Blurred lines, Distinct lines, Somewhere in between.

My mum leaves in a few days and I've been having mixed feelings.
On the one hand, I am relieved (!), relieved because no one likes to be criticised every other hour of the day and that is just what it seems to be with her; she's still trying to "fix" me.
On the other hand, I will miss her- her company and her overall support (even when she's annoying, she's still "mom" which impliedly translates to "pillar", "support", " support" and "support". Did I also mention "support"? You get my drift....).

Support like this in this part of the world is expensive, people pay family to take care of their kids so I do not take it for granted that she came over solely to help me with my son whilst I make the transition from having been on maternity leave for almost a year and resuming work with a lot on my plate.
Indeed, I am grateful- May God grant her all the desires of her heart.

After having tried to use a western childminder at the first instance when I resumed work and having been sorely burned by it, I decided it was probably best to have a live-in nanny and so I sought the services of an Au Pair agency belonging to a very industrious and sharp-talking Yoruba-British lady to get me someone.
She'll be the first live-in nanny I've ever had and God knows, I'm not sure what to expect.
As you can expect, there are a lot of feelings coursing through me: Uncertainty, Anxiety, Sadness (to be replacing the trusted support of my mum ), Hope (that the experience will be a pleasant surprise), Determination (to make it work by treating as I expect to be treated) and an overall siddon look disposition to finally tie it all up.
I believe say e go work sha..... hopefully.

Bimbo*, the Yoruba lady who runs the agency said to me,
"Keep it official JudyJudy, I'll advise you. I always tell all my clients to keep it official.
Make no mistakes about it, you are paying them for a service and so they are not your friends, neither are they your sisters, pay them at the end of every week and ask how they feel, if they want to continue, etcetera- but do not muddle up the lines between employer and employee....".
I tried to explain that, though I understood her point, I am naturally wont to be quite accommodating and would prefer to treat the nanny as I would want to be treated meaning with warmth, openness and realness and not be robotic, seeing especially as my son was to be in her care in my absence but she stopped me right after I mentioned "robotic" saying,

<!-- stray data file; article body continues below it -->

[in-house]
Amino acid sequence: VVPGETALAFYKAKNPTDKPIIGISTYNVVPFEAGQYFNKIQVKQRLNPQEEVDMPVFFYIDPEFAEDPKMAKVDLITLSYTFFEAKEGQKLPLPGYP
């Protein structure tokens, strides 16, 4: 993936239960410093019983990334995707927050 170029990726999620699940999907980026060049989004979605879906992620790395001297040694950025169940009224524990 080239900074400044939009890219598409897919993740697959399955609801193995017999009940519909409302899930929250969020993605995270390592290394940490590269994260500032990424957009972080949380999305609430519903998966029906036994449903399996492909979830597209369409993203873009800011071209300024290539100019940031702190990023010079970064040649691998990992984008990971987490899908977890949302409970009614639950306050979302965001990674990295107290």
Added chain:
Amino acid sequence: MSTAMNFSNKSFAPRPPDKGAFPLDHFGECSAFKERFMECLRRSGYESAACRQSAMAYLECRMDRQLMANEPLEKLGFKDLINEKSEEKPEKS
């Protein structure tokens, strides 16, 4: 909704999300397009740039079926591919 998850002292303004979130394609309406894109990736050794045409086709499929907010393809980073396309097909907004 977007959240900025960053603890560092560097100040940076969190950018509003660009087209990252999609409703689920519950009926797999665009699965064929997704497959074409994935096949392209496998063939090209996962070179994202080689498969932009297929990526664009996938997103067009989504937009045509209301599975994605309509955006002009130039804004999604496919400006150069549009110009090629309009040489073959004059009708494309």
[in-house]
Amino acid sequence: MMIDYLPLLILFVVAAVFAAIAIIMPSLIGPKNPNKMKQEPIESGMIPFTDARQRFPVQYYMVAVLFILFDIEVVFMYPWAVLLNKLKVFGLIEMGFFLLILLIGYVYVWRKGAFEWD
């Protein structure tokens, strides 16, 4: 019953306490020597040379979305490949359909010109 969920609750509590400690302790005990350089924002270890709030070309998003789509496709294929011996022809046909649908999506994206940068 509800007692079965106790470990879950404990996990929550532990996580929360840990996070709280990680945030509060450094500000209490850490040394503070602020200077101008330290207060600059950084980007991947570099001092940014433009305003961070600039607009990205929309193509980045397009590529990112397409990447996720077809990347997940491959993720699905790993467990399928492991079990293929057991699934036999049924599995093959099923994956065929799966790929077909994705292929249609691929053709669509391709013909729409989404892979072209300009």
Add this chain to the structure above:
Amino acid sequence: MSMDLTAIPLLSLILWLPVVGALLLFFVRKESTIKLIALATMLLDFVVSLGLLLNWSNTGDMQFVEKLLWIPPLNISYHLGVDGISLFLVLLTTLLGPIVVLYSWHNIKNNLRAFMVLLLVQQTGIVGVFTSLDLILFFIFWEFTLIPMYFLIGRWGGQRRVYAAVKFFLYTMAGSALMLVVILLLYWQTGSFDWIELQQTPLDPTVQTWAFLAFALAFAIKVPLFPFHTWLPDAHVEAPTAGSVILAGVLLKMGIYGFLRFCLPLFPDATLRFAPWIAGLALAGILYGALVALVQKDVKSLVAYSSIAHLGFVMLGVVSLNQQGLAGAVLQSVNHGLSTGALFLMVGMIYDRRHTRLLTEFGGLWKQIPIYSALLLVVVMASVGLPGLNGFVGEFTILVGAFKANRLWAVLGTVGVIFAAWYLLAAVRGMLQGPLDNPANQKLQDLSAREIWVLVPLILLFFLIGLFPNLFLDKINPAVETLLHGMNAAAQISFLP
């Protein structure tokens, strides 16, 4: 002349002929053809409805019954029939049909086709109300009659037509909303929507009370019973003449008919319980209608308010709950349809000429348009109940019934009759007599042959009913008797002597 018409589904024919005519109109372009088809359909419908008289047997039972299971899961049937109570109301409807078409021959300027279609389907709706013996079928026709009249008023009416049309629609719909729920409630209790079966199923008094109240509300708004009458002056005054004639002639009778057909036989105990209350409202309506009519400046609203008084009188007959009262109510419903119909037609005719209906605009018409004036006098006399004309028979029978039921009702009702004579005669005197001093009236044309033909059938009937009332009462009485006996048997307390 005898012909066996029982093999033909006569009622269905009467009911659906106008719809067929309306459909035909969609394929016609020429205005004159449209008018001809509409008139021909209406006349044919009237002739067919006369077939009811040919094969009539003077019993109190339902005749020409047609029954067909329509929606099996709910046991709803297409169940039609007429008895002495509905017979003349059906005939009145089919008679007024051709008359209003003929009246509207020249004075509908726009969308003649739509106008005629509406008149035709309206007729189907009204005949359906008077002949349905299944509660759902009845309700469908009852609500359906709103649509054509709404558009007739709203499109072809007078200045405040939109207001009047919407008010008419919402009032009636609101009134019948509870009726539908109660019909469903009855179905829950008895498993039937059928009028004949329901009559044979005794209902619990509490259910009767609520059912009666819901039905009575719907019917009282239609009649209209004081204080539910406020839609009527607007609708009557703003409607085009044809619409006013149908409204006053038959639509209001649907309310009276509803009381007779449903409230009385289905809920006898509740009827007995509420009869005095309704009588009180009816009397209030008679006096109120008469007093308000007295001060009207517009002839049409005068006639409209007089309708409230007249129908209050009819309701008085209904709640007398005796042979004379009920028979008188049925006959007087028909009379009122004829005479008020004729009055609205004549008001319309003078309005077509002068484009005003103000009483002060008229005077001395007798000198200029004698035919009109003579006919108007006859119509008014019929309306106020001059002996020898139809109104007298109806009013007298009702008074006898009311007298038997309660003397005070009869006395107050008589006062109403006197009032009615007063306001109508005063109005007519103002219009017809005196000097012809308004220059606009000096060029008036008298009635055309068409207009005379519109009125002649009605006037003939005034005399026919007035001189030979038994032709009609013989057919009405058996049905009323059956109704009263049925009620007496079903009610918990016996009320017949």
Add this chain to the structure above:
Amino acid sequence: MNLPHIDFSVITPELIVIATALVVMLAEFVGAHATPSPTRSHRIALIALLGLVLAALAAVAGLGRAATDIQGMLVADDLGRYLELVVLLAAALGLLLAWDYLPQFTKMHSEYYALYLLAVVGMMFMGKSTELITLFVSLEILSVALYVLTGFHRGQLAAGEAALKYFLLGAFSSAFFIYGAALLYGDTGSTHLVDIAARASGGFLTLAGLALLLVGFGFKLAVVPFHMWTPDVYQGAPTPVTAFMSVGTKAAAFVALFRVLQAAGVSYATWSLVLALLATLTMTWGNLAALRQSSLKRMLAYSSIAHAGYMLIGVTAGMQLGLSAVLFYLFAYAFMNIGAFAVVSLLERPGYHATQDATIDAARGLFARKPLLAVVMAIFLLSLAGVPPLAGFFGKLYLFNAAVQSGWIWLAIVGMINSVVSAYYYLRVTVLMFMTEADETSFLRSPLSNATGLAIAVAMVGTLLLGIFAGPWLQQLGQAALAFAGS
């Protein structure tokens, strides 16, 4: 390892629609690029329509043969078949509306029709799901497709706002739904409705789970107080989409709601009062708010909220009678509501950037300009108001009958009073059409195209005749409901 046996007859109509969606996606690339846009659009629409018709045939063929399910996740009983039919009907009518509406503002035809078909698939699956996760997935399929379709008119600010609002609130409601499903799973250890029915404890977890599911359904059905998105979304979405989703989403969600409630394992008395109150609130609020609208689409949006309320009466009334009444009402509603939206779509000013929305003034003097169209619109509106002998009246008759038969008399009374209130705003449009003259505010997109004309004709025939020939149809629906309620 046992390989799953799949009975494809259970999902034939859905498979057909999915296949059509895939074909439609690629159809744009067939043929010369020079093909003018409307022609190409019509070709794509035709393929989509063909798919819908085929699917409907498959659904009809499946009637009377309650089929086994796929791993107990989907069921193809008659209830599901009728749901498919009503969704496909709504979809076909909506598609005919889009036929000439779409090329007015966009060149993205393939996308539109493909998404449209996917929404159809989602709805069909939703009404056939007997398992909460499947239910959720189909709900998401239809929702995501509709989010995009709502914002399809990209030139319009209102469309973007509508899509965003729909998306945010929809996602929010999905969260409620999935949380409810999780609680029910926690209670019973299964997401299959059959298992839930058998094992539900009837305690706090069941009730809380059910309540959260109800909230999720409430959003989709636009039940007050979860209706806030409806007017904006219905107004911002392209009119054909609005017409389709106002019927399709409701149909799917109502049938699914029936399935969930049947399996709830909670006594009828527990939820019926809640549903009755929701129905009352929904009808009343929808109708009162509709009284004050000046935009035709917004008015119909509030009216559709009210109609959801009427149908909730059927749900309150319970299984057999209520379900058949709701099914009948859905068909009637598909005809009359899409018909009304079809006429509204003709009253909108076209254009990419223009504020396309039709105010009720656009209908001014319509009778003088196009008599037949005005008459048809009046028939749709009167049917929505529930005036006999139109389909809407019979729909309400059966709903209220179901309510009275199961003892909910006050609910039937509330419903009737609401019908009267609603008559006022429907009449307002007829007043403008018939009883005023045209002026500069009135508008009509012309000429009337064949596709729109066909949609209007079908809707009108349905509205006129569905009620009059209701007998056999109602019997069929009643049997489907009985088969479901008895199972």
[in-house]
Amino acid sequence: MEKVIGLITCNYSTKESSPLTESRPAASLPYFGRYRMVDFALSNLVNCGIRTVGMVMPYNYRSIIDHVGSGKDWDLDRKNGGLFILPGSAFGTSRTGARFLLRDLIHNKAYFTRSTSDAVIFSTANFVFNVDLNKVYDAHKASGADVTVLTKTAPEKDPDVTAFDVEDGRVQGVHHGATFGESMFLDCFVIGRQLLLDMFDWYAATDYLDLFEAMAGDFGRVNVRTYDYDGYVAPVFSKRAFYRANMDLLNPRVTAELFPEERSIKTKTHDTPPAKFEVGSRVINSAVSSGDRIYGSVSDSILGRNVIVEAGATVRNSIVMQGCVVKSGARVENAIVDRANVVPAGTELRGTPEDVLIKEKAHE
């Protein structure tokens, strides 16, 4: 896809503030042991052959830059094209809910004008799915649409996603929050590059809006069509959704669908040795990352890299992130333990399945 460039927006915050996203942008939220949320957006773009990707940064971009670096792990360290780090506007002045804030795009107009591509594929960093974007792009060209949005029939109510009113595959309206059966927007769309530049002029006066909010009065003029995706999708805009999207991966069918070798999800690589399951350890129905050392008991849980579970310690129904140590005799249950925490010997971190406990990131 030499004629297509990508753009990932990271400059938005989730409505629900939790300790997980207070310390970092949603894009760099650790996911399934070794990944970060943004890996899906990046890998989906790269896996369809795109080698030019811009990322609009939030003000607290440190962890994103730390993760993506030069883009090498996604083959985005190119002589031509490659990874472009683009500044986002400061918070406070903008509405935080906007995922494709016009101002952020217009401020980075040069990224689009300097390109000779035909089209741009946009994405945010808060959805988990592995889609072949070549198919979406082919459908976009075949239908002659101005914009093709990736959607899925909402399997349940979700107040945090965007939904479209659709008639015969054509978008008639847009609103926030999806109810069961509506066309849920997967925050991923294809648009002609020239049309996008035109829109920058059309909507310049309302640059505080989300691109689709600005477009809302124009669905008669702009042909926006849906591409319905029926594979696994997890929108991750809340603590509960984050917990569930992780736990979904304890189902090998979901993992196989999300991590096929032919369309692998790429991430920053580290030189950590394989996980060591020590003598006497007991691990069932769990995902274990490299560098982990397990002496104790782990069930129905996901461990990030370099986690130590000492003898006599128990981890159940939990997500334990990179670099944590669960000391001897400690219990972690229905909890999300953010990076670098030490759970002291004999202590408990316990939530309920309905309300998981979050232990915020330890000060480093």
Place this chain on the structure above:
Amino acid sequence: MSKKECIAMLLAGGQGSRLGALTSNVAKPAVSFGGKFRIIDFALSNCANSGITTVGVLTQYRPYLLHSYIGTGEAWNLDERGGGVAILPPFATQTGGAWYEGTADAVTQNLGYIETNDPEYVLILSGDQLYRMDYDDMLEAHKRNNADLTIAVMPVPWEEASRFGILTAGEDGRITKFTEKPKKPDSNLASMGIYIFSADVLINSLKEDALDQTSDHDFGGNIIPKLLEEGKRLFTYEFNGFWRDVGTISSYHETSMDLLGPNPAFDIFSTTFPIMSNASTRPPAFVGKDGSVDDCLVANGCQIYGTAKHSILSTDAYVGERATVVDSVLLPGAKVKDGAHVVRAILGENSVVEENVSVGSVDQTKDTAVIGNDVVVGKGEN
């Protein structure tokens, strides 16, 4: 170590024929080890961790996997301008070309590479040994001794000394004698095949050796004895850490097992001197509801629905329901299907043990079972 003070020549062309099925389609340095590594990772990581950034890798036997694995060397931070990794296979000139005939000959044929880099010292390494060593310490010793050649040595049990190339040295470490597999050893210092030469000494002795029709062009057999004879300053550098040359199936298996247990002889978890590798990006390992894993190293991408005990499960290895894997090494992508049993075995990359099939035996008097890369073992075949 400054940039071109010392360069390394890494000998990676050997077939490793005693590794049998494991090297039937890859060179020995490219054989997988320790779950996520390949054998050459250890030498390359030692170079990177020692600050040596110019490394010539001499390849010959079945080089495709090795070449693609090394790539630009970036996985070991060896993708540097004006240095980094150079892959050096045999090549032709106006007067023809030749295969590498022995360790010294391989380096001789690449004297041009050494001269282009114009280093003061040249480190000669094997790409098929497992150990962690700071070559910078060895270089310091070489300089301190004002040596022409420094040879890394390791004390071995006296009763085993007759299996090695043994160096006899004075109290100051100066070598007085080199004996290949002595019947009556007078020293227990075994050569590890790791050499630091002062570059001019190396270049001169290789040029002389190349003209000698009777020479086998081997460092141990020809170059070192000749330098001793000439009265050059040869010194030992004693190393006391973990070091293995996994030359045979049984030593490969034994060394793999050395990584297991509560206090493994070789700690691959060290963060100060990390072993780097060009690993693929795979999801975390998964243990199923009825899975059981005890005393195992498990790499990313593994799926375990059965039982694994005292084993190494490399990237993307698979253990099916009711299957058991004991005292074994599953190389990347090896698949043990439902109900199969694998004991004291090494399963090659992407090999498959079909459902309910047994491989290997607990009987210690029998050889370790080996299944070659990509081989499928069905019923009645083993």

" I hear you Judy, but, take a look at English people- in your work place, everywhere- they are nice, they will smile at and with you but when it's time to be serious, there is no familiarity there, you are CLEAR as to where things stand between you two- they will be robotic for the purposes of what needs to be done and, guess what? They ALWAYS get it right, Judy, they always get it right!", she intoned, weaving in and out of a crisp British accent and a Nigerian one.
Very shrewd business woman, that Bimbo- she reminds me of Patti Stanger of the Millionaire Matchmaker.

I thought about what she said and, true to her line of argument, English people are the weirdest when it comes to relations- their culture vastly differs from what obtains in Nigeria and yet, though I sometimes ( a lot of times actually ) miss the "blurred lines" and "familiarity" within the Nigerian context, I find that I take to bits and pieces within the English context.
The English lifestyle as it pertains to relations is a lot like,
"I will smile with you, my kids and yours can go or meet on play dates together, etc- but I won't be bothered with your problems as I have mine- I do not want to know about them, as far as you and I are concerned, life is just the way we see it when we meet and smile at each other, when push comes to shove and when it's time to grind, I am not your friend, an acquaintance at best but, make no mistakes, I am not your friend and so, keep your business- except for where it makes for juicy gossip to entertain me and my real friends- to yourself." and  then this is topped with a very polite,